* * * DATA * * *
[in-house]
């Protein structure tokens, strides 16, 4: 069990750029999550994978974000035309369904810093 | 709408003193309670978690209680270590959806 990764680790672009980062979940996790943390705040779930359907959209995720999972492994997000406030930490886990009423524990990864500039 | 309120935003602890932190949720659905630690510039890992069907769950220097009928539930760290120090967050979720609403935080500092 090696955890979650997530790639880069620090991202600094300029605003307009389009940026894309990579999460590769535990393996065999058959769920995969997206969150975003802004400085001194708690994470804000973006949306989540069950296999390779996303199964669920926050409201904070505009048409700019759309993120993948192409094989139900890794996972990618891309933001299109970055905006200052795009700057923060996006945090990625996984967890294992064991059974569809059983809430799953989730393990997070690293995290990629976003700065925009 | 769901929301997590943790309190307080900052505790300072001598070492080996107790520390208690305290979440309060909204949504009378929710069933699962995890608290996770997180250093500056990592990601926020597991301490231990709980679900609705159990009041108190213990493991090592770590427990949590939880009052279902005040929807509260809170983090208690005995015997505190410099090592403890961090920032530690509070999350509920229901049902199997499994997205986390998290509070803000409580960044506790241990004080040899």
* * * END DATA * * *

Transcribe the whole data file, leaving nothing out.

[in-house]
């Protein structure tokens, strides 16, 4: 069990750029999550994978974000035309369904810093 | 709408003193309670978690209680270590959806 990764680790672009980062979940996790943390705040779930359907959209995720999972492994997000406030930490886990009423524990990864500039 | 309120935003602890932190949720659905630690510039890992069907769950220097009928539930760290120090967050979720609403935080500092 090696955890979650997530790639880069620090991202600094300029605003307009389009940026894309990579999460590769535990393996065999058959769920995969997206969150975003802004400085001194708690994470804000973006949306989540069950296999390779996303199964669920926050409201904070505009048409700019759309993120993948192409094989139900890794996972990618891309933001299109970055905006200052795009700057923060996006945090990625996984967890294992064991059974569809059983809430799953989730393990997070690293995290990629976003700065925009 | 769901929301997590943790309190307080900052505790300072001598070492080996107790520390208690305290979440309060909204949504009378929710069933699962995890608290996770997180250093500056990592990601926020597991301490231990709980679900609705159990009041108190213990493991090592770590427990949590939880009052279902005040929807509260809170983090208690005995015997505190410099090592403890961090920032530690509070999350509920229901049902199997499994997205986390998290509070803000409580960044506790241990004080040899």